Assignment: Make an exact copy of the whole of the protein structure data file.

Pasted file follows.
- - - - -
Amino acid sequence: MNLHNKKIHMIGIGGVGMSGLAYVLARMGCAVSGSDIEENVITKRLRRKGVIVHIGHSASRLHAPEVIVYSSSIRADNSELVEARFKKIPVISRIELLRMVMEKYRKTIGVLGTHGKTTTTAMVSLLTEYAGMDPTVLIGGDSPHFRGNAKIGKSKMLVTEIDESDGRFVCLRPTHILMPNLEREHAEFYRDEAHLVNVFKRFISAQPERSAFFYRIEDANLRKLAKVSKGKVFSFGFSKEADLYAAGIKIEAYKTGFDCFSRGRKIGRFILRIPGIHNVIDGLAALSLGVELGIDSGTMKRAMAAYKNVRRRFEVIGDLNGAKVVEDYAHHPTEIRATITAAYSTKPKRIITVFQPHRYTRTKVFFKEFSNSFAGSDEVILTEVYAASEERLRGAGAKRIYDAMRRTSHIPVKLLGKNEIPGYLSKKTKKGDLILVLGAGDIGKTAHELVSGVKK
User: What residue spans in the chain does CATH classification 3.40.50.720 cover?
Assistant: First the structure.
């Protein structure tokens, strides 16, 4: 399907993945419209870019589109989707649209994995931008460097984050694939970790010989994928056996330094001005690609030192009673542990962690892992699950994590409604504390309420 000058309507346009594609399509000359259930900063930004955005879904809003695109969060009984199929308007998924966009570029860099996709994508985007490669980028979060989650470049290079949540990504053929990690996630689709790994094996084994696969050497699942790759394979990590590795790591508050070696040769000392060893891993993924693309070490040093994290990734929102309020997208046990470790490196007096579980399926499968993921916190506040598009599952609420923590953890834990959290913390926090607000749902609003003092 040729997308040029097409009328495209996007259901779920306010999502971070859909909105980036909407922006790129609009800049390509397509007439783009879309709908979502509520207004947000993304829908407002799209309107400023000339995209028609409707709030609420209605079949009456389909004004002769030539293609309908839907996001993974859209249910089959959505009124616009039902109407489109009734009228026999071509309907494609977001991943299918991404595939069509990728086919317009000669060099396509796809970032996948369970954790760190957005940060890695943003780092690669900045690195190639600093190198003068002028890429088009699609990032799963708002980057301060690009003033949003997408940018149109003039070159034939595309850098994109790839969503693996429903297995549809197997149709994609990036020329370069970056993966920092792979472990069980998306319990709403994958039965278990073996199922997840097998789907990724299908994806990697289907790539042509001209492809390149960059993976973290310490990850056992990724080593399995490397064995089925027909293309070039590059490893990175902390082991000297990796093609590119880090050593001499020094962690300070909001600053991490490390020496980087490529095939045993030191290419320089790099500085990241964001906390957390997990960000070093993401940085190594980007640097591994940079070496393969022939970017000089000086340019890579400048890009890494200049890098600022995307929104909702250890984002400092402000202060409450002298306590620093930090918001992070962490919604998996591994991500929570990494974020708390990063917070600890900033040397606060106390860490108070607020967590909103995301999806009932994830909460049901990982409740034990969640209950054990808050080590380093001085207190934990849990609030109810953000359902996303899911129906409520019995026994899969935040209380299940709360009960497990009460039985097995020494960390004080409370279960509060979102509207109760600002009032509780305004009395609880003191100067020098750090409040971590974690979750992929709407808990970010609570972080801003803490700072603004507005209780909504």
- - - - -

Amino acid sequence: MNLHNKKIHMIGIGGVGMSGLAYVLARMGCAVSGSDIEENVITKRLRRKGVIVHIGHSASRLHAPEVIVYSSSIRADNSELVEARFKKIPVISRIELLRMVMEKYRKTIGVLGTHGKTTTTAMVSLLTEYAGMDPTVLIGGDSPHFRGNAKIGKSKMLVTEIDESDGRFVCLRPTHILMPNLEREHAEFYRDEAHLVNVFKRFISAQPERSAFFYRIEDANLRKLAKVSKGKVFSFGFSKEADLYAAGIKIEAYKTGFDCFSRGRKIGRFILRIPGIHNVIDGLAALSLGVELGIDSGTMKRAMAAYKNVRRRFEVIGDLNGAKVVEDYAHHPTEIRATITAAYSTKPKRIITVFQPHRYTRTKVFFKEFSNSFAGSDEVILTEVYAASEERLRGAGAKRIYDAMRRTSHIPVKLLGKNEIPGYLSKKTKKGDLILVLGAGDIGKTAHELVSGVKK
User: What residue spans in the chain does CATH classification 3.40.50.720 cover?
Assistant: First the structure.
């Protein structure tokens, strides 16, 4: 399907993945419209870019589109989707649209994995931008460097984050694939970790010989994928056996330094001005690609030192009673542990962690892992699950994590409604504390309420 000058309507346009594609399509000359259930900063930004955005879904809003695109969060009984199929308007998924966009570029860099996709994508985007490669980028979060989650470049290079949540990504053929990690996630689709790994094996084994696969050497699942790759394979990590590795790591508050070696040769000392060893891993993924693309070490040093994290990734929102309020997208046990470790490196007096579980399926499968993921916190506040598009599952609420923590953890834990959290913390926090607000749902609003003092 040729997308040029097409009328495209996007259901779920306010999502971070859909909105980036909407922006790129609009800049390509397509007439783009879309709908979502509520207004947000993304829908407002799209309107400023000339995209028609409707709030609420209605079949009456389909004004002769030539293609309908839907996001993974859209249910089959959505009124616009039902109407489109009734009228026999071509309907494609977001991943299918991404595939069509990728086919317009000669060099396509796809970032996948369970954790760190957005940060890695943003780092690669900045690195190639600093190198003068002028890429088009699609990032799963708002980057301060690009003033949003997408940018149109003039070159034939595309850098994109790839969503693996429903297995549809197997149709994609990036020329370069970056993966920092792979472990069980998306319990709403994958039965278990073996199922997840097998789907990724299908994806990697289907790539042509001209492809390149960059993976973290310490990850056992990724080593399995490397064995089925027909293309070039590059490893990175902390082991000297990796093609590119880090050593001499020094962690300070909001600053991490490390020496980087490529095939045993030191290419320089790099500085990241964001906390957390997990960000070093993401940085190594980007640097591994940079070496393969022939970017000089000086340019890579400048890009890494200049890098600022995307929104909702250890984002400092402000202060409450002298306590620093930090918001992070962490919604998996591994991500929570990494974020708390990063917070600890900033040397606060106390860490108070607020967590909103995301999806009932994830909460049901990982409740034990969640209950054990808050080590380093001085207190934990849990609030109810953000359902996303899911129906409520019995026994899969935040209380299940709360009960497990009460039985097995020494960390004080409370279960509060979102509207109760600002009032509780305004009395609880003191100067020098750090409040971590974690979750992929709407808990970010609570972080801003803490700072603004507005209780909504």